10 July 2014


copyright: Barnet Rebel aka Mr Courgette
Mr Mustard was rather late last night to the 7pm meeting of the Assets, Regeneration & Growth Committee which he now thinks of as the Aaargh committee, rolling in just after 8pm having already had a meeting about a sale of a flat, visited a friend who has had a stroke and visited a PCN crime scene at Hampstead Heath where the supposed bay suspension sign had already fled and been replaced with later dated ones (hardly worth having a parking bay if it is suspended every other day).

One item which caught his eye was the option to purchase the freehold of Barnet House, that ghastly office block which used to be the Ever Ready tower block and in which Barnet Homes and Barnet Council have the lease until September 2032 at £745,000 per annum. The council think they have a current repair liability of £5.4m and will incur the same amount again on surrender. This idea was put to the earlier meeting of this committee on 16 June which was deemed not to be constitutional and so did not go ahead. After the meeting did not go ahead officers decided they had the right to do this anyway and did it. Should officers be given the power to spend £62,500 is an interesting question?

Why does the council want the option to buy the freehold? It is basically because they haven't sorted out where they want their offices and how many square feet they need. They want to exercise the break clause to quit building 4 on the North London Business Park in 2015 and move staff into building 2 and also into Barnet House and then once they have worked out their space requirements will present an options appraisal to this committee in September.

So because they don't yet know what they are doing they are taking an option on Barnet House which they might not exercise and for which they are paying £50,000 + the £12,500 legal costs of the freeholder (which seem excessive). So Richard Cornelius spoke yesterday about the problem of dilapidations. Why do we have them? simple, because the council can't have done the necessary maintenance year on year to keep the building up to scratch. They are a bogus justification for taking an option on the freehold. Barnet Council seem to have a policy of neglecting buildings in its care, take Church Farmhouse Museum and the Physic Well as two other notable examples.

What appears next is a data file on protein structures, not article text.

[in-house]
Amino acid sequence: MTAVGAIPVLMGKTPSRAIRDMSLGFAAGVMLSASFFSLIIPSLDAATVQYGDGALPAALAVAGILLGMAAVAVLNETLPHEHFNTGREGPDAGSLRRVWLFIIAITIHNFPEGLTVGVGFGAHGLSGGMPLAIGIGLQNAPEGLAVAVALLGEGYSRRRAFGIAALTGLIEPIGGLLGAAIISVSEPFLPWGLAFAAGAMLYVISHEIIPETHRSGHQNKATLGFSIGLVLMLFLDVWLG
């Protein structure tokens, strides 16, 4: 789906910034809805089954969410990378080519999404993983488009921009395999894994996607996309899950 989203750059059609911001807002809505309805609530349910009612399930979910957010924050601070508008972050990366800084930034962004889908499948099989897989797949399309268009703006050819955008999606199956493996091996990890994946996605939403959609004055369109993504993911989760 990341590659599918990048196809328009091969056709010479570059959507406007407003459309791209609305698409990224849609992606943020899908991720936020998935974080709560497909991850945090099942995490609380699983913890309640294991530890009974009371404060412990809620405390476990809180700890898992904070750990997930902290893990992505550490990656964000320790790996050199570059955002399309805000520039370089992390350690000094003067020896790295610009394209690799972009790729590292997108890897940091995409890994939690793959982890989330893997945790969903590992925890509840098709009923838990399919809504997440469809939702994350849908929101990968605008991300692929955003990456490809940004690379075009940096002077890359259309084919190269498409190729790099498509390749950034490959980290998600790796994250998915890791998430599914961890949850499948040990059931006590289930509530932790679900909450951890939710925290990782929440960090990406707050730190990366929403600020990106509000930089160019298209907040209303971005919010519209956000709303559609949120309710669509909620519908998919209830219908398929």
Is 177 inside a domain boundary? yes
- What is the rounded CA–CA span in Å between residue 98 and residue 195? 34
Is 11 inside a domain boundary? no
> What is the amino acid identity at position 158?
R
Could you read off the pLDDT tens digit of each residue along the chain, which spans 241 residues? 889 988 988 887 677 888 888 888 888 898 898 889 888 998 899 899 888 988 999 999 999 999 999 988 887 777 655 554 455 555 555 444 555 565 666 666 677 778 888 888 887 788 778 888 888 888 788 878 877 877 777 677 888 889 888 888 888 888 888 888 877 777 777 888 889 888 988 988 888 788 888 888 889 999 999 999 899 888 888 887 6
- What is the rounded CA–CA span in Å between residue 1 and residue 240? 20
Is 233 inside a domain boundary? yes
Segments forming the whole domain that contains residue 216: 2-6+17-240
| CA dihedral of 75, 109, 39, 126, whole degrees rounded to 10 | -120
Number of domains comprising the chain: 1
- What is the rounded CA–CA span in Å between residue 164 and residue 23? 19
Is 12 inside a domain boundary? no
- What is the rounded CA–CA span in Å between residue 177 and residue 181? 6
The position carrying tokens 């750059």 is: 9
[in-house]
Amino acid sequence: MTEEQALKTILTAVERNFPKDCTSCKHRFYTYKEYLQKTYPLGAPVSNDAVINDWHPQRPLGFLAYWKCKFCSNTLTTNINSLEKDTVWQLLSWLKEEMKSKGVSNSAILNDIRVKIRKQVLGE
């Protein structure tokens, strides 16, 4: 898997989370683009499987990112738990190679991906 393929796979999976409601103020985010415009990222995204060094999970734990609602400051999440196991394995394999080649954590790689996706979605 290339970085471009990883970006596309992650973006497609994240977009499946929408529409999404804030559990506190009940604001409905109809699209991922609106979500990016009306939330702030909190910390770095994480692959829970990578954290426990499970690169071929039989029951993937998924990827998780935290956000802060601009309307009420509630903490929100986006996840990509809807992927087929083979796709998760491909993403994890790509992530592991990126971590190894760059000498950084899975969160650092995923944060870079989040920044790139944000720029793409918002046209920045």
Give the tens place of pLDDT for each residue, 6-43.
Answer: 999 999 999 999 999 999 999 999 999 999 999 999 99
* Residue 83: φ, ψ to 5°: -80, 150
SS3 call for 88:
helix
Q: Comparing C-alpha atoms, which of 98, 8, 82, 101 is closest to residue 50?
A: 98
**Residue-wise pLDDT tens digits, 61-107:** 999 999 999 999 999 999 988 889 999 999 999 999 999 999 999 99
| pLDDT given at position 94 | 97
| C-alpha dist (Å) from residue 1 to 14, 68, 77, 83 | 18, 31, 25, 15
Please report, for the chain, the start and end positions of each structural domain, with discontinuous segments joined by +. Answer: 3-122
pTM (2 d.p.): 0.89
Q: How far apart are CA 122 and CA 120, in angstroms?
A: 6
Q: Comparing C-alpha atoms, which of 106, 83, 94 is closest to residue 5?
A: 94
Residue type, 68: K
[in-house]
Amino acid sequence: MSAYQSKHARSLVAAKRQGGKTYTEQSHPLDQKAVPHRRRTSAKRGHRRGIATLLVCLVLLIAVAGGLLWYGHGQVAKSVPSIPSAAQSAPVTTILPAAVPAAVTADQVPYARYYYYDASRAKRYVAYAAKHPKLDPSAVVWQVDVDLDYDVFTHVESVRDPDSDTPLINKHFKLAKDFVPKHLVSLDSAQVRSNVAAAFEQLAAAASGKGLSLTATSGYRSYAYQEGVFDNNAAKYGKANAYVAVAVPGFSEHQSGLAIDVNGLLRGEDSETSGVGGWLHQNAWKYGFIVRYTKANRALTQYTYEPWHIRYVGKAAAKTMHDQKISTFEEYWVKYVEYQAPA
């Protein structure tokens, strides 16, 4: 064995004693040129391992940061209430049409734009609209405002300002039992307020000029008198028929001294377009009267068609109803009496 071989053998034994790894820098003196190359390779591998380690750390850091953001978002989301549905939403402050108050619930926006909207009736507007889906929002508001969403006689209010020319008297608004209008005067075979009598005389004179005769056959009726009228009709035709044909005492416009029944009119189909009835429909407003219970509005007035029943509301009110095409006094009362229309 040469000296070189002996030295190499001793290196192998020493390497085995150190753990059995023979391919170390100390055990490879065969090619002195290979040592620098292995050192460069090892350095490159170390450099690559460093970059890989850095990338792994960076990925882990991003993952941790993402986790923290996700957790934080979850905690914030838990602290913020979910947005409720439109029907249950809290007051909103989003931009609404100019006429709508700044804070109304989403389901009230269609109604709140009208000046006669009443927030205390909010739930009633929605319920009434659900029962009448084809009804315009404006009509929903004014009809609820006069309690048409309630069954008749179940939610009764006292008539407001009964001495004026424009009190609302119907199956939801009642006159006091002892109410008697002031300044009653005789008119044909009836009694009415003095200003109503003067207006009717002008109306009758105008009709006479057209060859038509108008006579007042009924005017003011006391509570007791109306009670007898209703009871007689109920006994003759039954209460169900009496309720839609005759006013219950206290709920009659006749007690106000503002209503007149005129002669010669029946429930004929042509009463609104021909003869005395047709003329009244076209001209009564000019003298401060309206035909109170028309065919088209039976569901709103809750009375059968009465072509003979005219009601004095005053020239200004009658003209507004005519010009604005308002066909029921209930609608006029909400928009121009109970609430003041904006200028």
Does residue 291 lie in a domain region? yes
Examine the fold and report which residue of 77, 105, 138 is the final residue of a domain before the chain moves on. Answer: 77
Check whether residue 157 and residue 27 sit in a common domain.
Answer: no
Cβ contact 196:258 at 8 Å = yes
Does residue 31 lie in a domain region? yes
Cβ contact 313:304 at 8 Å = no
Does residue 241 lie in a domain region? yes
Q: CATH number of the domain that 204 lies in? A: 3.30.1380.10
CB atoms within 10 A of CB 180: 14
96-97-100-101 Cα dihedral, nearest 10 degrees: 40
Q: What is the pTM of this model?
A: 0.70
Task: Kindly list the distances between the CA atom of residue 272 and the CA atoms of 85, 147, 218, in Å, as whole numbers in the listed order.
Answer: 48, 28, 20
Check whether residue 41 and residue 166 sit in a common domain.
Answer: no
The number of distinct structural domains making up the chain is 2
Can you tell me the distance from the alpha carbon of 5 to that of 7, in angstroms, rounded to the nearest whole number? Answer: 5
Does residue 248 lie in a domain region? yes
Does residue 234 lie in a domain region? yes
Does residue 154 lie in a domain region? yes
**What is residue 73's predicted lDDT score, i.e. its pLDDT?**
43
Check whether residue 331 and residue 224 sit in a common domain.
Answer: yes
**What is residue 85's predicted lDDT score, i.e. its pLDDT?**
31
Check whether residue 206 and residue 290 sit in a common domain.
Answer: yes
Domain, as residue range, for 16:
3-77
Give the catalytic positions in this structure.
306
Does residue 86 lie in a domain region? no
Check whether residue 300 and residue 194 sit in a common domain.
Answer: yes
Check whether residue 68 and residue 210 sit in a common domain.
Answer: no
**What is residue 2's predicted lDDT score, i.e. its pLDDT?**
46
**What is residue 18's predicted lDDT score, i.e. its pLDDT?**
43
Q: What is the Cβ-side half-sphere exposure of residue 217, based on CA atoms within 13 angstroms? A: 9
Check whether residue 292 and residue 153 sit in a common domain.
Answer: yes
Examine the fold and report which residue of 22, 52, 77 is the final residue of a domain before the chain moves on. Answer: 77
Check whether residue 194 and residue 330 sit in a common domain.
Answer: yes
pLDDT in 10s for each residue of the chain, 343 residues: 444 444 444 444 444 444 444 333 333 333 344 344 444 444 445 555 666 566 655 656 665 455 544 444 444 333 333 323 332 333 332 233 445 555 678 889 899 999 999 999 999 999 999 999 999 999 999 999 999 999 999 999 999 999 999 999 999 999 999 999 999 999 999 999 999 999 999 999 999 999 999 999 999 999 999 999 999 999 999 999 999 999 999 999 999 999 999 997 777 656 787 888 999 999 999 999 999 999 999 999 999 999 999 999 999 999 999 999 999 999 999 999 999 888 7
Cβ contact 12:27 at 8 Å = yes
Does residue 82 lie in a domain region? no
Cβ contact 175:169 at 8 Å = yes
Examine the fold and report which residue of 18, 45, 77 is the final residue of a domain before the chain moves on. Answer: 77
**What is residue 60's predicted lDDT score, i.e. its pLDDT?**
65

Richard doesn't like looking at Barnet House as he trolls up to Totteridge & Whetstone tube station each morning. Ask yourself this question Richard, which idiot planning authority gave permission to build it, would it have been Barnet Council? (before your time of course which is why you need a 50 or 100 year vision for planning and why Brent Cross is the disaster that people will talk about in 2114)

Richard also said that a building so tall would not be allowed again in that location so it is unlikely to be pulled down. If Barnet Council do buy the freehold that is exactly what they should do.

Now what happened when the building was offered for sale with a deadline of March 14? No-one seems to have made an offer to buy otherwise the freeholder would not accept an option to buy. Thus all that has happened is that the freeholder has been unable to sell and someone at Barnet Council has decided to offer £50,000 to the freeholder to not sell a building that they couldn't sell. No wonder the option was taken up by the freeholder.

Could this £62,500 have been better spent? Mr Mustard thinks it could.

One small caveat. If the intention was to demolish the tower block and put up something smaller (this is not stated in any report) then he is all in favour but in which case just buy it and don't waste money on an option. As ever, reports to councillors don't give out the full detail. Mr Mustard will be asking questions, many of them and quite hard ones, at the next meeting on 8 September which is already in his diary.

Mr Mustard will leave it to Mrs Angry to remind Mr Mustard what the deal was with Capita about refurbishing this building which currently can only be used as office space although the freeholder could change that restriction.

Yours frugally

Mr Mustard

Update 11 July 2014

Mr Mustard tweeted about this live from the meeting but one thing that Richard Cornelius, the "leader" of the council, said about getting out of the lease for NLBP was that "unless you make a concerted effort to meet a break clause date, you miss it" and Mr Mustard merely contrasts his stated view with his many blandishments as to how safe we were to enter into the two big contracts with Capita because they contained break clauses.

1 comment:

  1. I have always thought it to be one of the ultimate ironies that the Planning Dept should be housed in the ugliest and most inappropriate building in the Borough of Barnet!


I now moderate comments in the light of the Delfi case. Due to the current high incidence of spam I have had to turn word verification on.